Ignoring an issue that is putting pupils and teachers at risk, is not an option, according to the not-for-profit campaign group, the Association of Personal Injury Lawyers (APIL).
In a response to the Department for Education’s policy review on asbestos management in schools, which closes today, APIL argues that the health issues related to asbestos are not going to disappear if the substance is ignored. The association called for a strategic plan for asbestos removal and containment,the reintroduction of proactive inspections and clarity about who is responsible for asbestos risk in academies, free schools, private schools and nurseries.
“Children and those working in schools cannot be protected if the school is unaware of the location of the asbestos,” said Matthew Stockwell, president of APIL. “It is extremely important to locate the asbestos so the risks of exposure can be assessed regularly and managed, so a systematic plan for removal can be developed.”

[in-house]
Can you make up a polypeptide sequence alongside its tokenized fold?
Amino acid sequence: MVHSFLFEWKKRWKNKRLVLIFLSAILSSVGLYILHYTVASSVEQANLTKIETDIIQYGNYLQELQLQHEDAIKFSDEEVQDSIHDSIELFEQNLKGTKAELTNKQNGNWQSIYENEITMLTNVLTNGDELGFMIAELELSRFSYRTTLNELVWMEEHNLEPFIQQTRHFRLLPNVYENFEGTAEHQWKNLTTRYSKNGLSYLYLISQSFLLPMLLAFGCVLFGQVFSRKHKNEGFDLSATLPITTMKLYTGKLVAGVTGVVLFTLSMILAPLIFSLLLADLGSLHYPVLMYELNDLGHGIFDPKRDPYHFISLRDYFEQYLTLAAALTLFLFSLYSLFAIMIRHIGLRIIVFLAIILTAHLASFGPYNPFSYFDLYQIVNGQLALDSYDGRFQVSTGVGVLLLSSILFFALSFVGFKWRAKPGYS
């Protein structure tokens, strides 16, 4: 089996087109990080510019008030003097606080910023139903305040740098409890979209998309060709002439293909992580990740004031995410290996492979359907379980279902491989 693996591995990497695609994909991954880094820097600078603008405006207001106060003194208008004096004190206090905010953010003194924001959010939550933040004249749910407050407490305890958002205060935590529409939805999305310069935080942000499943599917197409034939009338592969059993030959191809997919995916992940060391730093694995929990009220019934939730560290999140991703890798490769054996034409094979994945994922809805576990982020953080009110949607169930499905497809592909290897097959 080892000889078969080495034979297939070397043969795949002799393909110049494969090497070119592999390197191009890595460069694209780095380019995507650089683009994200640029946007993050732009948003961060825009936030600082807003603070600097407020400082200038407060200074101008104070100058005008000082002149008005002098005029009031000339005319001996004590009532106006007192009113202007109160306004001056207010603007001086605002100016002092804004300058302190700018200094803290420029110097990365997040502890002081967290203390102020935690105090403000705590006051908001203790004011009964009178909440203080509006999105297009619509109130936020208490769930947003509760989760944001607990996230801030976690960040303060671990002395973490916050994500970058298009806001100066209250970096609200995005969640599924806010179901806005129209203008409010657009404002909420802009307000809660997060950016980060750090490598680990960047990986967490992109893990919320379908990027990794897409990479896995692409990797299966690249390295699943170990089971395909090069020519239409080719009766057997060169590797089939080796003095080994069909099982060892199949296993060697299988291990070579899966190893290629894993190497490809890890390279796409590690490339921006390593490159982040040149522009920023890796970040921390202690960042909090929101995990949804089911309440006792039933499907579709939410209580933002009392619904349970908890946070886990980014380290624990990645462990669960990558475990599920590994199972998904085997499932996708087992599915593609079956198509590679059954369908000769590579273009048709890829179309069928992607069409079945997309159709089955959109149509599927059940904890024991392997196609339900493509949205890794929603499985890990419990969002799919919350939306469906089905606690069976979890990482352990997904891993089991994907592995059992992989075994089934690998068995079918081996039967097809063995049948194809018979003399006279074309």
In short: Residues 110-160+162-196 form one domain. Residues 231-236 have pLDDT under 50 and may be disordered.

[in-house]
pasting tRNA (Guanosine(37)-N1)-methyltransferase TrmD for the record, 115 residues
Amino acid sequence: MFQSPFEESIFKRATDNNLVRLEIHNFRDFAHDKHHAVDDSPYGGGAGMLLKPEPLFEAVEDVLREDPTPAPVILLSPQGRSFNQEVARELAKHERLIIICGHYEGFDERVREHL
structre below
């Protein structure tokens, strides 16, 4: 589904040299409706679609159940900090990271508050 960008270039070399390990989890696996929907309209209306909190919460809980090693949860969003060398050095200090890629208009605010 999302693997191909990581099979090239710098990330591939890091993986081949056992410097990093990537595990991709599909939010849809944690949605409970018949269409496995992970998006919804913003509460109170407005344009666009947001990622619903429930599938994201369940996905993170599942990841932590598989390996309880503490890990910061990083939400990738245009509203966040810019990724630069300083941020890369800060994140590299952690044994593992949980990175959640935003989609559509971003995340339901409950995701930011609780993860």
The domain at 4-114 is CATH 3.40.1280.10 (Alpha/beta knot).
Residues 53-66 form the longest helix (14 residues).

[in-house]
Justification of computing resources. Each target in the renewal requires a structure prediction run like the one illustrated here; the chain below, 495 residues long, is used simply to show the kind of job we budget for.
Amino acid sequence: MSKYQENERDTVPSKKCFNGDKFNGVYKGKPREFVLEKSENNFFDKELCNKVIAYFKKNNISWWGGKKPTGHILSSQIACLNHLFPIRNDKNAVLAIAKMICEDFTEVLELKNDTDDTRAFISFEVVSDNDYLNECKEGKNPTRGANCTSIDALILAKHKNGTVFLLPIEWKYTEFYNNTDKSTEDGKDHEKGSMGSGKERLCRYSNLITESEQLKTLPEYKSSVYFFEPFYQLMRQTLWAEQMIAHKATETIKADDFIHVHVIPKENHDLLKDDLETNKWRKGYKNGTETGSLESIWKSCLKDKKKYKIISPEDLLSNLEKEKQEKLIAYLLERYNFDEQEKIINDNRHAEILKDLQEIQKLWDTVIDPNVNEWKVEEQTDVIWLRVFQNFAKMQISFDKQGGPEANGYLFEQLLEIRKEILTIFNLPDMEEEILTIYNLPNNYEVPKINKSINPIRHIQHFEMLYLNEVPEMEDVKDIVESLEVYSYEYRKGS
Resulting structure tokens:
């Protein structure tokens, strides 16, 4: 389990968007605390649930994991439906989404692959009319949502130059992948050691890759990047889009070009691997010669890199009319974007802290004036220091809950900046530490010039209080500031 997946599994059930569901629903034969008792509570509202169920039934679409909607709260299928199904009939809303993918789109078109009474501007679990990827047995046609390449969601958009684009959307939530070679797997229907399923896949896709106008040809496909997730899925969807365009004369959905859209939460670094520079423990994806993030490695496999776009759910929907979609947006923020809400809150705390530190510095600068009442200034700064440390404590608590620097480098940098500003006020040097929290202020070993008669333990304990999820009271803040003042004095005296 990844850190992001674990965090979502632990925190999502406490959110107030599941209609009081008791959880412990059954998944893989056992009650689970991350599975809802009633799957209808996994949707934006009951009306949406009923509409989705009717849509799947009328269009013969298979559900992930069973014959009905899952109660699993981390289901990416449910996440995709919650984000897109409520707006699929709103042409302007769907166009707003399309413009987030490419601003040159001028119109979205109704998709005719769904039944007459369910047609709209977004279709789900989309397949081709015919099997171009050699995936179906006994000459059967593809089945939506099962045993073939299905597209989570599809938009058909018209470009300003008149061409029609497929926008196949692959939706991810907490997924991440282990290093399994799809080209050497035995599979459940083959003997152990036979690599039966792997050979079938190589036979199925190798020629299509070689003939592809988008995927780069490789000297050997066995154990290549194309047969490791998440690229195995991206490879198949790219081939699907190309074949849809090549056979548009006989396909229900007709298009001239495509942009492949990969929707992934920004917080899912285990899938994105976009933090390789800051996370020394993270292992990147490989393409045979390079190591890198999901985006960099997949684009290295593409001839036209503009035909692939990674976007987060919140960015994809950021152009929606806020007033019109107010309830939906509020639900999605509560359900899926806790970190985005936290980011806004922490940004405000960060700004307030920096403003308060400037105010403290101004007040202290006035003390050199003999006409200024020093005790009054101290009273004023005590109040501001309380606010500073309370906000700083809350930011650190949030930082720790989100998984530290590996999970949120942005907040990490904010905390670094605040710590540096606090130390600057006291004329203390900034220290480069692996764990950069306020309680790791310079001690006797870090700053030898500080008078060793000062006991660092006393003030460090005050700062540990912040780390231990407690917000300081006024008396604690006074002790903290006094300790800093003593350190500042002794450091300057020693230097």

Asbestos is present in 75 per cent of schools in England and 85 per cent of schools in Wales and there is no plan in place to deal with this, except to ignore the toxic substance and not disturb it. Asbestos exposure is not a visible risk as asbestos fibres cannot be seen, and the effects of exposure do not develop until many years later.
“All the asbestos in place is ageing and many school buildings are deteriorating” said Matthew. “With proactive Health and Safety Executive inspections cancelled since 2011, and school governors who may have no experience in this area now responsible for asbestos management, this could be a recipe for disaster.”